To continually improve our service we believe it is important that all our staff understand the needs and frustrations of our customers. Last month, staff at head office had the opportunity to get hands-on sprayer training with applications expert, Tom Robinson.
The training took place on the University College Dublin’s research farm.
Tom explained what is needed from a crop protection product formulation, how to get the best out of it with correct nozzle selection, water volume and spray quality, and how to clean the sprayer afterwards.
Tom showed the benefits of triple rinsing the sprayer instead of using a single rinse with the example below.
If 2.5 L/Ha of a product is sprayed in 100 L/Ha water using a 5000 litre sprayer, 625 ml of the product will be left in the tank after application.
A single clean water rinse of 500 litres would leave 28 ml of product, but rinsing three times using the same amount of clean water leaves only 1 ml of product in the tank.
Life Scientific are pleased to launch LAYA this spring. LAYA contains metsulfuron-methyl and is a reverse engineered Ally SX. As an ALS inhibitor herbicide, LAYA should be cleaned from the sprayer after use using the triple rinse method described above and it is advisable to use a proprietary tank cleaner to avoid any issues with sensitive crops following applications of LAYA or Life Scientific SUMIR, containing florasulam.
Spring broad-leaved weed control in cereals
Life Scientific has a range of herbicides for use in crops in the spring. In cereals, there are two key ALS herbicides for broad-leaved weed control – LAYA (one of the new products for 2023 containing metsulfuron-methyl), and SUMIR which contains florasulam. LAYA can be applied to winter cereals from the 15th March if weed size, crop condition and environmental conditions are appropriate and is a reverse-engineered formulation of the reference product, Ally SX.
The product is approved on the following crops:
For spring cereals and green cover on land not being used for crop production, LAYA must only be applied from 1st April.
Sulfonyl urea herbicides are key for many broad-leaved weed herbicide programmes in cereals. Whilst there is a choice of different sulfonyl urea active ingredients and blends available, metsulfuron-methyl, the active ingredient in LAYA, remains a reliable all-rounder to control a wide range of broad-leaved weeds in the spring.
Metsulfuron-metyl is readily absorbed by the foliage and roots, and translocated within the weed. It is an ALS inhibitor herbicide affecting amino acid biosynthesis in the plant, meaning that weeds stop growing and die. Anything which can slow down the weed’s growth, e.g. drought, cold or stress can affect the activity of ALS inhibitor herbicides. These herbicides work best in good growing conditions. The better the growing conditions for the weed, the better and faster the level of control.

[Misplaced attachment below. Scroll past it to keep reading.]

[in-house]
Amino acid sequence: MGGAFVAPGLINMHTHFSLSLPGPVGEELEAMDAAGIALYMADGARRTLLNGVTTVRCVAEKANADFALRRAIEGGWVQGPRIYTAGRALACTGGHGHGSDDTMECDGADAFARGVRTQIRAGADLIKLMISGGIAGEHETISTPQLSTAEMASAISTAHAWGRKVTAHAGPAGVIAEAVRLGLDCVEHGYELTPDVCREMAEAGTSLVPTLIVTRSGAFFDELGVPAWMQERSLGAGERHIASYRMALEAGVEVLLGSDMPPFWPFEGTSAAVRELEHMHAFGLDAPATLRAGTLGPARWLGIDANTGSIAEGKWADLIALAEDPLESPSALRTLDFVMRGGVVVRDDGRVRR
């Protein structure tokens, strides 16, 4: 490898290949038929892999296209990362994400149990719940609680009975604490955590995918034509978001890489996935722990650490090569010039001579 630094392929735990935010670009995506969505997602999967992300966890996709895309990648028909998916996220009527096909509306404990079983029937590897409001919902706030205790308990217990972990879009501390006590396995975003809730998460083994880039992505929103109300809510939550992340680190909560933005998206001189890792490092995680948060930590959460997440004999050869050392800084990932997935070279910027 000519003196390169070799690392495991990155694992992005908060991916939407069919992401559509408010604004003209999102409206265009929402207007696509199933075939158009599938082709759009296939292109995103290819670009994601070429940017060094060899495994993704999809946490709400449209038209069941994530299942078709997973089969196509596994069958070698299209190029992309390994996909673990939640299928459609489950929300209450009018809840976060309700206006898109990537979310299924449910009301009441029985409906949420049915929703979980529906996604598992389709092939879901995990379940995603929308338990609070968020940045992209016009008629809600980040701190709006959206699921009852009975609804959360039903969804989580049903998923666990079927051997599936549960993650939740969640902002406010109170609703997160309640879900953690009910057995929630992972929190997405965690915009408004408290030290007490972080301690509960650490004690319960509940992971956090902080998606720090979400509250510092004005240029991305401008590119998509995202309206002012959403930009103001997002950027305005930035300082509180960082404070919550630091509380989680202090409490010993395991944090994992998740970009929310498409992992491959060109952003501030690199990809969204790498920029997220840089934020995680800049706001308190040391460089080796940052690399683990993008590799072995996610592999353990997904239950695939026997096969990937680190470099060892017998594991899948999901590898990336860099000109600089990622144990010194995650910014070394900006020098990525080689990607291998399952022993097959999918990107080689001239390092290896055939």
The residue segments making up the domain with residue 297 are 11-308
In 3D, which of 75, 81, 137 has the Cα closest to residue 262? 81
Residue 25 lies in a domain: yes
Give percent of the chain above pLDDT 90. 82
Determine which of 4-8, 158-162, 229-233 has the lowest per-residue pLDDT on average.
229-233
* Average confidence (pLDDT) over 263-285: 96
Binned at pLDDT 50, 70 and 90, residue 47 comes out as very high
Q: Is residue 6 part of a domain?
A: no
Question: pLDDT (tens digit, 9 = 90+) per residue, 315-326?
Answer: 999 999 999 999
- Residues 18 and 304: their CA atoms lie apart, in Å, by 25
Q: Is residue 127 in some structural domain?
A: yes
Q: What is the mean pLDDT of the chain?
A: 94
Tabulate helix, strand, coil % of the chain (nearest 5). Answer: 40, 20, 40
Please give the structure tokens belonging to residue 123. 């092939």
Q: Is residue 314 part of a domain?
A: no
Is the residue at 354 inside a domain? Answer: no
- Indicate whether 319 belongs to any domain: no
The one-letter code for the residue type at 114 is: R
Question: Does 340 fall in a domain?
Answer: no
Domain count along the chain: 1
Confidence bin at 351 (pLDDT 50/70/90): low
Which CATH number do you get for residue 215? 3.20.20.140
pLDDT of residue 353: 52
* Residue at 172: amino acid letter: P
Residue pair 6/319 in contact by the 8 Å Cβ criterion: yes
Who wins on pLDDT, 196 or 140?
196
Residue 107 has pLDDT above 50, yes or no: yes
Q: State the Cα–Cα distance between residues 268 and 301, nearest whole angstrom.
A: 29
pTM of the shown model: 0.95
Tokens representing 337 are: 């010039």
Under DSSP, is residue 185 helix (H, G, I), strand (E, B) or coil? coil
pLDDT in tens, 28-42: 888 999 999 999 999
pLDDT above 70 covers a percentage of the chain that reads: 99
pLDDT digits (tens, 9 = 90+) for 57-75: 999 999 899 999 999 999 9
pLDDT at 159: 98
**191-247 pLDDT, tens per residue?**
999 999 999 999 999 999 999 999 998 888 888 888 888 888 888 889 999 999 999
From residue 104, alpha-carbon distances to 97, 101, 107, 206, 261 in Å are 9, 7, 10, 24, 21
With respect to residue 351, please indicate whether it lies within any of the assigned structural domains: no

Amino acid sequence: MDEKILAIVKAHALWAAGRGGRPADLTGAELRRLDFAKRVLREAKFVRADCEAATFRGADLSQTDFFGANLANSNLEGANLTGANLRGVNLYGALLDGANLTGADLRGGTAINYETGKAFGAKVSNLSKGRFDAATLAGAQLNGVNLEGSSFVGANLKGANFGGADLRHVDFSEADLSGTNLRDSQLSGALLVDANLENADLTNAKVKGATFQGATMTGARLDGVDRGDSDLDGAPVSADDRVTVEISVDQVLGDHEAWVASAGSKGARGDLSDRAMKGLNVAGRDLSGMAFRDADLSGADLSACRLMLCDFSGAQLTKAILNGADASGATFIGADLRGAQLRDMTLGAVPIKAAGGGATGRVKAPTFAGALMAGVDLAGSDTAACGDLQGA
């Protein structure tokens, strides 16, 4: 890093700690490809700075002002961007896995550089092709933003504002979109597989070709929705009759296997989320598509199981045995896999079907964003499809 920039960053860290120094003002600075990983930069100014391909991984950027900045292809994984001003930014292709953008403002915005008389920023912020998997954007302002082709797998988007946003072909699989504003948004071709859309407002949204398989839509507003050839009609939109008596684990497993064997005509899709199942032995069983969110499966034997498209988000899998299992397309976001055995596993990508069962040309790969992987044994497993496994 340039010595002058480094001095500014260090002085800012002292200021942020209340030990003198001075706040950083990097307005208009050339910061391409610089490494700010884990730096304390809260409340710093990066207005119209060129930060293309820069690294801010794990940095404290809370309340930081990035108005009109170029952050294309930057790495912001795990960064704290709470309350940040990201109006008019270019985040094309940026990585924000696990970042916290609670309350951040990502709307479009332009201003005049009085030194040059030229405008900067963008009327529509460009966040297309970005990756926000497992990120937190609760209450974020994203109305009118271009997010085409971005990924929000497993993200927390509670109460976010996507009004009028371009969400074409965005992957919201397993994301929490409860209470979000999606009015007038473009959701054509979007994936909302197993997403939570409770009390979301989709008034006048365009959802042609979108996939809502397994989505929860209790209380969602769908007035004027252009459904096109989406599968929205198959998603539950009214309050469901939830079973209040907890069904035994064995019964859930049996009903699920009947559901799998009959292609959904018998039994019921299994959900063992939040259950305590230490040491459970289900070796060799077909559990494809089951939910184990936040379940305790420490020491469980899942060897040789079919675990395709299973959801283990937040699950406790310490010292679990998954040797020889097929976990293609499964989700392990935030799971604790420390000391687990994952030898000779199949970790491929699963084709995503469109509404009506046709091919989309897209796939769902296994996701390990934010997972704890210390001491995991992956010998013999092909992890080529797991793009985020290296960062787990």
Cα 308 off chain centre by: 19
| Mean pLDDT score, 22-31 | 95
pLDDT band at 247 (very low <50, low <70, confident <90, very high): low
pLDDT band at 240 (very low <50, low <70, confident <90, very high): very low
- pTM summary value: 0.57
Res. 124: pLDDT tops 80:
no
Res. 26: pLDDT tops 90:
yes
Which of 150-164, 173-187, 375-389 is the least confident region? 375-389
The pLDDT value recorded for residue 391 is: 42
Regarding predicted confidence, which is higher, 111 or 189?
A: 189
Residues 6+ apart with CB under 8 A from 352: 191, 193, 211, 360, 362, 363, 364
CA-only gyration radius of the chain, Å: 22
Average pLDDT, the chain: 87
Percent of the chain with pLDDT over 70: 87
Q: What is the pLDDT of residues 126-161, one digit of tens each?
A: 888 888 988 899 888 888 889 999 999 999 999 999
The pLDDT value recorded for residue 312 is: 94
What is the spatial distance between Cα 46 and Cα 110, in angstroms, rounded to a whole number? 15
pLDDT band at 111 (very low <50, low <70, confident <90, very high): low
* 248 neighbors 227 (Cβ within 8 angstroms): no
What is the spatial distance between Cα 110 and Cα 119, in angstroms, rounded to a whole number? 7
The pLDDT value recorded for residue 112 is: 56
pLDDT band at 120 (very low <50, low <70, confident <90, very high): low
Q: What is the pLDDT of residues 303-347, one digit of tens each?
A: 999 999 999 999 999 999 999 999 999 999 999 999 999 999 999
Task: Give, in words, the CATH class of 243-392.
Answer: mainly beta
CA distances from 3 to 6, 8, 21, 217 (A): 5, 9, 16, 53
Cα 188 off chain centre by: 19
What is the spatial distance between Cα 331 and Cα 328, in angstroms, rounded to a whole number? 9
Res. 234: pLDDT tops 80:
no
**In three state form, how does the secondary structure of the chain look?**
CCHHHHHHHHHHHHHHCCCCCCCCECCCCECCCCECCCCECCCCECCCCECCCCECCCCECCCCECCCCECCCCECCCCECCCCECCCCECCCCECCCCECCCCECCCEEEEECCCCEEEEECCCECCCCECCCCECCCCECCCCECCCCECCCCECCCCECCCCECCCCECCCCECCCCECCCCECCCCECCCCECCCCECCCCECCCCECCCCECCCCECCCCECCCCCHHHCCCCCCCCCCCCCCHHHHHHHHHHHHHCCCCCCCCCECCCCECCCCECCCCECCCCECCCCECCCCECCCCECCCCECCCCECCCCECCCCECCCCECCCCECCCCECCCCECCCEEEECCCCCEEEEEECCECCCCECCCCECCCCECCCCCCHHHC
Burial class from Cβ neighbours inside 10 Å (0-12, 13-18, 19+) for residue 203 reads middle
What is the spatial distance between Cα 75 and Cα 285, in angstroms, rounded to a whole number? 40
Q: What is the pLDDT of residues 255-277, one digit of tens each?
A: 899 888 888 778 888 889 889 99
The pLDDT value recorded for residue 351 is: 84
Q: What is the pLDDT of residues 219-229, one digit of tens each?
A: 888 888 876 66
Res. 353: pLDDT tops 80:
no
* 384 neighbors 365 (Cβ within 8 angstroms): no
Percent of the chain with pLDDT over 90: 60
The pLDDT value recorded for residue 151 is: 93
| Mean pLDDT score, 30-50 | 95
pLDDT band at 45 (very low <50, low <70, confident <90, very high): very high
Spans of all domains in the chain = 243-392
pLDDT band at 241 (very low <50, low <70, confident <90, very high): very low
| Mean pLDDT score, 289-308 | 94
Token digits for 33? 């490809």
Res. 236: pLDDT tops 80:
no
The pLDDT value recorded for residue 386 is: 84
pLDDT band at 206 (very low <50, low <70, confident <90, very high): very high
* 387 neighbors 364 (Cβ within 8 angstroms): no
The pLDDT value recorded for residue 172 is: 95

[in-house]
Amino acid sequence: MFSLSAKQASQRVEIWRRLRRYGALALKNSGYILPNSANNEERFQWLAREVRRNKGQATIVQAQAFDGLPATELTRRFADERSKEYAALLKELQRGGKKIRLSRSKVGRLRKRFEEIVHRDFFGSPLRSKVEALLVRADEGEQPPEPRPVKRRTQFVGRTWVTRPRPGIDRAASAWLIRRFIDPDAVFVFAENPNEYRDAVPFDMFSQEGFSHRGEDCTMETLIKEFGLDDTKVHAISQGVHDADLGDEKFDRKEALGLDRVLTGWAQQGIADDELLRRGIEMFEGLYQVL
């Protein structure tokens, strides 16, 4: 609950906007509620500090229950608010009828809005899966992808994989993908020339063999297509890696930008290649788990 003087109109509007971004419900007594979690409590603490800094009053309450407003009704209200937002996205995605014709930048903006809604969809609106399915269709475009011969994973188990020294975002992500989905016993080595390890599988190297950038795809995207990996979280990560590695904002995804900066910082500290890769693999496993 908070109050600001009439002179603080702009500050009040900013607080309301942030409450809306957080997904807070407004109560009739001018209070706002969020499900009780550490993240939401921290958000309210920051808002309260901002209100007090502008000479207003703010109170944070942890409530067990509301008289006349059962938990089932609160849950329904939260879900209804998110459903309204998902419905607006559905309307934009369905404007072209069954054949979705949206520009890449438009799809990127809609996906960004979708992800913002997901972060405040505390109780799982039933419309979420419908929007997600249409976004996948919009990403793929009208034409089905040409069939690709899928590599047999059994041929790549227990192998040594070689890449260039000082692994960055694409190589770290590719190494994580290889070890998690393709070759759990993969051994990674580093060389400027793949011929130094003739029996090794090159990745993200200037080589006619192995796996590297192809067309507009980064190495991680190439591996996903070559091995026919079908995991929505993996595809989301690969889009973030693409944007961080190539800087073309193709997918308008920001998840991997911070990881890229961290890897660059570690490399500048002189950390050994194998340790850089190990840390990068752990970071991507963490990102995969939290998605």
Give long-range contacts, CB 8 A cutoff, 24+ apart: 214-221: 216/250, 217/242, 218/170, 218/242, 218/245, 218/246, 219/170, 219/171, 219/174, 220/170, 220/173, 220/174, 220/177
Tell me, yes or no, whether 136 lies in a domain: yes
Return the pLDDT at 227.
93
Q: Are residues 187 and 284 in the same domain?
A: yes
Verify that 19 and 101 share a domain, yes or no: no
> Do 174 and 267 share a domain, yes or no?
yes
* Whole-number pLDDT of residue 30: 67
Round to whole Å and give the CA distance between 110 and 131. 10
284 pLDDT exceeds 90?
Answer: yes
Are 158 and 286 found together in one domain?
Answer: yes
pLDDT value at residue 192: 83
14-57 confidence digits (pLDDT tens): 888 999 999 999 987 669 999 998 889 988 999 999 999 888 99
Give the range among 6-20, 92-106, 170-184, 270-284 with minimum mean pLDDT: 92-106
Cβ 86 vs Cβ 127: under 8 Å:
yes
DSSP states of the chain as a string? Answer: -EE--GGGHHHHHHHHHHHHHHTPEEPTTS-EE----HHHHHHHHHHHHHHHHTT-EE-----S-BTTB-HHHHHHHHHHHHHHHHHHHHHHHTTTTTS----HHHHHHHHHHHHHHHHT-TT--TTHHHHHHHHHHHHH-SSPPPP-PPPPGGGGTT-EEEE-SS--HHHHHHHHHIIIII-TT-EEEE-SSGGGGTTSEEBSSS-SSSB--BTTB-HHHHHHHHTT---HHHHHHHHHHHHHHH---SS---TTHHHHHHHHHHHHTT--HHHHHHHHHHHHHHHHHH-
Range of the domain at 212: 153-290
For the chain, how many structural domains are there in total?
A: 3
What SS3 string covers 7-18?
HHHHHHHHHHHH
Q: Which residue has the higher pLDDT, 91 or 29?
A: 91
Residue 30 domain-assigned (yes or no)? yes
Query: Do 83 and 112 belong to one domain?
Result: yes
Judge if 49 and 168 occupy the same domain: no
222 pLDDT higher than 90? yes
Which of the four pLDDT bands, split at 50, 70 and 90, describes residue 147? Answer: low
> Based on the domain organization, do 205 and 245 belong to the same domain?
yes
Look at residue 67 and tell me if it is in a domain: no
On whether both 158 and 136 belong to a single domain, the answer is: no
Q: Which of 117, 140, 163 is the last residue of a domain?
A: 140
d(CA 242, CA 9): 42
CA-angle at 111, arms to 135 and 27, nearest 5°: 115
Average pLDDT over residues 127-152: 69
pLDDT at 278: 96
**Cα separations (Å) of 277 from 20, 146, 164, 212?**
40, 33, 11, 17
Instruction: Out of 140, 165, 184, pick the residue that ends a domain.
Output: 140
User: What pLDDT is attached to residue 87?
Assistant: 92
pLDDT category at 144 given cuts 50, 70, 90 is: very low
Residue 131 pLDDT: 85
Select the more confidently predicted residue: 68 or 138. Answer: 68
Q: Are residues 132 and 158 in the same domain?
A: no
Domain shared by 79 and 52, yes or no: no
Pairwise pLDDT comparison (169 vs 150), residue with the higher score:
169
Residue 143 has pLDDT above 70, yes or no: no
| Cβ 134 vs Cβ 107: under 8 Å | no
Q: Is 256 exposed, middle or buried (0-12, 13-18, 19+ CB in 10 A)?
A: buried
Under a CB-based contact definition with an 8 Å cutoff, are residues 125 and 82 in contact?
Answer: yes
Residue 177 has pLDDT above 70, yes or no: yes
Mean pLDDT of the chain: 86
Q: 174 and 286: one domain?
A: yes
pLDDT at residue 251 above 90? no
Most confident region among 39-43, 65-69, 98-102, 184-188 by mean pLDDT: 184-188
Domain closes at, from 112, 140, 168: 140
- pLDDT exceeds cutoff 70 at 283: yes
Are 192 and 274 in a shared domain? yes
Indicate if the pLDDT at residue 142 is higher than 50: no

The ALS herbicide range also includes SUMIR with strengths against some difficult-to-control weeds including Cleavers. Trials work conducted with ADAS investigated SUMIR’s activity against some non-label weeds such as volunteer beans and Bur Chervil. A range of rates were tested from 0.04-0.07L/Ha against 2, 4 and 6 leaf weeds (timings A, B and C in the photos below). The trial also looked at the addition of an adjuvant (Toil).
Activity of SUMIR against volunteer beans Activity of Sumir against Bur Chervil
Source ADAS trial 2022
Results showed good activity against Field Beans from 0.05-0.07L/Ha when applied to the target weed at 4 leaves. This was equivalent to control seen with Boxer. No significant benefit was seen when Toil was added.
For Bur Chervil up to 58% control was achieved in the trial with 0.07L/Ha applied at 4 leaves of the weed. Some advantage was seen with the addition of Toil at the early timing.
Remember that the total amount of florasulam applied to a cereal crop must not exceed 7.5g ai/Ha (0.15L/Ha).
When using any ALS inhibitor herbicide, check approved tank-mixes and sequences with other ALS products before use.
Grass weed control
The Life Scientific range of cereal herbicides also includes KIPOTA, a reverse-engineered Topik containing 240 g/l clodinafop-propargyl and 60 g/l cloquintocet-mexyl for the control of Wild-oats and other grass weeds in crops of winter and spring wheat, durum wheat, rye and triticale.
When used according to the label, KIPOTA will control the weeds listed in the table below:
Wild-oats and Italian Rye-grass are two of the most competitive weeds in cereals, with Wild-oats being more than twice as competitive as Black-grass. Just 5 plants per square metre can reduce yield by 5%, and this can be much worse in high populations. It is therefore important to control Wild-oats early, with smaller actively-growing plants being better controlled by KIPOTA. The product has good activity against both susceptible Italian Rye-grass and Wild-oats.
The equivalence of KIPOTA and Topik have been tested on Winter and Spring Wild-oats in the laboratory by NIAB.
Both products were applied at a rate of 0.125 l/ha plus oil. The photo below shows susceptible Wild-oat plants 32 days after application. NIAB concluded that there was no statistical difference between KIPOTA and Topik in the trial.